Wednesday, June 8, 2011
The mayor's unconscionable cuts and where more than $1 billion could be found
Options for reducing DoE’s budget without touching the classroom
· $23 million: cancel (or do not renew) contracts w/ McGraw Hill and Scantron for Acuity, or interim assessments. These contracts end in Aug. 2011 and most parents, teachers and even principals think they are worthless.
· $4 million: cut contracts with TFA and New Teacher Project and instead retrain current teachers for licenses in shortage areas.
· $400 million: cut the projected increase in spending on private contracts and consultants by two thirds
· $2 million: cut back on the growth in Children First Network and cluster staff
· $15 million: moratorium on opening new schools.
· $15 million: freeze spending for central administration
· $21 million: freeze spending on technology
· $9 million: reduce contract spending on professional development by using in house staff
· $100 million: Charge co-located charter schools for the space and services that the city now provides in DOE buildings for free. (note: some of these are overlapping)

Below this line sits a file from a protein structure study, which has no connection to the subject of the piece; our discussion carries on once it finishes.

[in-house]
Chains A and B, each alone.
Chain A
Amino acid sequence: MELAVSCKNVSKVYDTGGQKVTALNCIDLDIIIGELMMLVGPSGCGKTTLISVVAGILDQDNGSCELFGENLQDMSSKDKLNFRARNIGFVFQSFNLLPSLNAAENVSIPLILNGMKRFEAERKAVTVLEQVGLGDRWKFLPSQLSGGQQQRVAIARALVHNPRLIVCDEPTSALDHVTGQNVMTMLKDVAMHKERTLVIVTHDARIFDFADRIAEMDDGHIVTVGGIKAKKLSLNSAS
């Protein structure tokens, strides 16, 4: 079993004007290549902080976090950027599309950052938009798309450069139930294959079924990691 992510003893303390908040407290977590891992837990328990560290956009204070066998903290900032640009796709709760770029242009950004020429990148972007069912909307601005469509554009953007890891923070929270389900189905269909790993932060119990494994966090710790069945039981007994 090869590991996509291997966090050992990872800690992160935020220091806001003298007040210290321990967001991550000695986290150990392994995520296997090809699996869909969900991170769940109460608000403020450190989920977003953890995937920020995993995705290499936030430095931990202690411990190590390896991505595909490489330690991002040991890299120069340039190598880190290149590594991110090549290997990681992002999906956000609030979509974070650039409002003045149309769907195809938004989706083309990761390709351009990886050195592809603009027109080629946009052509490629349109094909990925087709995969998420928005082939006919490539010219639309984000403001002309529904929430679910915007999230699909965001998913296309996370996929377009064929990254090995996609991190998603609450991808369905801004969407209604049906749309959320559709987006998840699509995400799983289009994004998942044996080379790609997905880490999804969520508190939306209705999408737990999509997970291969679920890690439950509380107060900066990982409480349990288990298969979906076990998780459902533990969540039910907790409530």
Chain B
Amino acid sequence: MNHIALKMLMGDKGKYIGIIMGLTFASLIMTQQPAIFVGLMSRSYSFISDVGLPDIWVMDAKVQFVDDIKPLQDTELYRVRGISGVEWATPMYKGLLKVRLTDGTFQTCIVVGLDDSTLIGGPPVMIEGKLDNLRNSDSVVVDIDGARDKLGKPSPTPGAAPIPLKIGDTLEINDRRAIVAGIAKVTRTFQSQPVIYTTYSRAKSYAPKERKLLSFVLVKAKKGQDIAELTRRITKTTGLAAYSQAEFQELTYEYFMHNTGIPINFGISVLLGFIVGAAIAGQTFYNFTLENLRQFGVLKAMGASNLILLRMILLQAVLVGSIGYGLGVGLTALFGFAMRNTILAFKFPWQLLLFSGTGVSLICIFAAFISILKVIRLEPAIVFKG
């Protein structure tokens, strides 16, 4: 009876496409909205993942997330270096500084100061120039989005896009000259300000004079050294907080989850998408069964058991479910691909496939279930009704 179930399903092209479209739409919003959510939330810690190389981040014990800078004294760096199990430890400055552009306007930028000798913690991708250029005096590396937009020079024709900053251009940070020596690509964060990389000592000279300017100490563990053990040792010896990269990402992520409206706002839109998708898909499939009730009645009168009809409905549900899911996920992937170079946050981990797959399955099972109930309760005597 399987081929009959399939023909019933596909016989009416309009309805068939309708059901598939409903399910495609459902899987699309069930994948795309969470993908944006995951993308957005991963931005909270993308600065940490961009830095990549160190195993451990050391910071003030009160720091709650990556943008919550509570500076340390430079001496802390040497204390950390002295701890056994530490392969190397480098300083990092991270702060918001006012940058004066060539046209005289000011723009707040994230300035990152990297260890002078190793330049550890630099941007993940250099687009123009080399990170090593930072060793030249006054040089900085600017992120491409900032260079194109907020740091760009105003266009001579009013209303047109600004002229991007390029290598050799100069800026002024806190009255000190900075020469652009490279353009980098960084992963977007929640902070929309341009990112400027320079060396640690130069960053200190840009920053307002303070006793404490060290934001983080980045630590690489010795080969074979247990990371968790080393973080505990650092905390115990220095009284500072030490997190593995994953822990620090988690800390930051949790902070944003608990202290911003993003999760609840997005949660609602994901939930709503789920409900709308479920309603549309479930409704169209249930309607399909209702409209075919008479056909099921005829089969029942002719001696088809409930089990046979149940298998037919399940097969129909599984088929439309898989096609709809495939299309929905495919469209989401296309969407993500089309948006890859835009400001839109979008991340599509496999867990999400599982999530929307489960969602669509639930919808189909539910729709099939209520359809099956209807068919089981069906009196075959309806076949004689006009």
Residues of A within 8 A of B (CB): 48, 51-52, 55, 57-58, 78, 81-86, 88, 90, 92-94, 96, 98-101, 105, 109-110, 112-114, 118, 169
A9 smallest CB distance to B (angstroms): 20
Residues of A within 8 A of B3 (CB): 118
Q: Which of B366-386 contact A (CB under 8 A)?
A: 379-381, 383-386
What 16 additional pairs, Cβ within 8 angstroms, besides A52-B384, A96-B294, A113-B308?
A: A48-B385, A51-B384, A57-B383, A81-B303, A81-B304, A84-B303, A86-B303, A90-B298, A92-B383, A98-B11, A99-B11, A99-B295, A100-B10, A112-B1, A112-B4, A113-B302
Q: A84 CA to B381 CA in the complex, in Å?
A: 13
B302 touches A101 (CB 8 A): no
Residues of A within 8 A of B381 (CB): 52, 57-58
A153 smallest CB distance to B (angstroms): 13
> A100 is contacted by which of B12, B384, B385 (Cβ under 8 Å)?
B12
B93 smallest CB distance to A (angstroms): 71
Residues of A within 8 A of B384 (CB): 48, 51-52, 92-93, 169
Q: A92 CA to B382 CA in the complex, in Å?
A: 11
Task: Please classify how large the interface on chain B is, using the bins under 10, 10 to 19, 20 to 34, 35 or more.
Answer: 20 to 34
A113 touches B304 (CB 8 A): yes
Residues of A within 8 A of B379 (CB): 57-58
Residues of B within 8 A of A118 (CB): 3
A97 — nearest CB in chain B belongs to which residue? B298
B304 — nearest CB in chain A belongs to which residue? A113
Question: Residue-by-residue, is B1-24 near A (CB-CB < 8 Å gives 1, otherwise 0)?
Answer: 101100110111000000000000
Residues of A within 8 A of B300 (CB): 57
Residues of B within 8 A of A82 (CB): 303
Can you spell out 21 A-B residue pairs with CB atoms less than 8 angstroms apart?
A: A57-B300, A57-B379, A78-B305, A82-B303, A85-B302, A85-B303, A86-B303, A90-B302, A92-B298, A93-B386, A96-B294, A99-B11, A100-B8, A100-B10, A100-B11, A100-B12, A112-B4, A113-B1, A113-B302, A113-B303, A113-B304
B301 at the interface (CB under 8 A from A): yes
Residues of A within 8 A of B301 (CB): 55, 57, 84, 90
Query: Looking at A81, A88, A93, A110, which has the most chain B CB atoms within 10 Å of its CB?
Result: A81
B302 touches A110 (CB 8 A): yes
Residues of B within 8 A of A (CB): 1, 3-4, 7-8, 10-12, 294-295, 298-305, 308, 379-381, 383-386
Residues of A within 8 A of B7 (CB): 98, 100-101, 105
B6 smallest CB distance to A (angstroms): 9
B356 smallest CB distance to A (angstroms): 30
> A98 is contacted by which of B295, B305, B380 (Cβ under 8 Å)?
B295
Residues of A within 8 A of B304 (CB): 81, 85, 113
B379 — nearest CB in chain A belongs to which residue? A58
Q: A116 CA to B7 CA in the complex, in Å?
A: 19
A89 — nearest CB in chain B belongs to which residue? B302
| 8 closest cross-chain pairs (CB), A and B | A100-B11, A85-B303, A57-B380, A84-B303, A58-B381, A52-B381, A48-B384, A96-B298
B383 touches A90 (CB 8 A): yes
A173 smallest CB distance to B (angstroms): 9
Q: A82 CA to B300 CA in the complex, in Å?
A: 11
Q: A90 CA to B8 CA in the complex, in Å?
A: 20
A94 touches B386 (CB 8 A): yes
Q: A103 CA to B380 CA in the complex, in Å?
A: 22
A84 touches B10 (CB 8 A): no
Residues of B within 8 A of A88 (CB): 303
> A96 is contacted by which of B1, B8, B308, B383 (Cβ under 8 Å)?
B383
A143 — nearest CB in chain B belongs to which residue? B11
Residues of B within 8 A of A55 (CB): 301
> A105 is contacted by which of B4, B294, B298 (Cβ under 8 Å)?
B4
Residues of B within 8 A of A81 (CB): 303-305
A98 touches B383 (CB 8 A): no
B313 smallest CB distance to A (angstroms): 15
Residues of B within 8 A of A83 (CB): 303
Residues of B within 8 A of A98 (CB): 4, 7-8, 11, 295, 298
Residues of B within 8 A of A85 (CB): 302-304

Total: up to $600 M dollars in savings.
Tap into City Reserve Funds
· $200 million: The proposed 2012 budget has a general reserve fund of $300 million ($200 million more than the legal minimum.).
· $200 million: $2 billion is currently in the health care reserve fund; $200 to $300 million more could be withdrawn from this optional fund.
Total: At least $400 million.
· $450 million: Do not let state’s millionaire tax lapse, and/or impose one in NYC (needs state approval)
· $65 million: Extend the Mortgage Recording Tax to coop apartments (needs state approval but even the Mayor supports this one)
· $100 million in FY 12; $275 million to $400 million in subsequent years: Gradually raise Cap on Property Tax Assessment Increases (requires state approval)
· $300 million: Extend the General Corporation Tax to Insurance Company Business Income (requires state approval)
· $200 million: End the Unincorporated Business Tax exemption for hedge fund profit (requires state approval)
· $120 million: Big Six banks have over $600 million in current contracts with NYC for services – these could be cut back by 20% when students are facing the loss of so many teachers and programs.
Total: At least $1.2 billion, but most would need state approval; more realistic options for next year.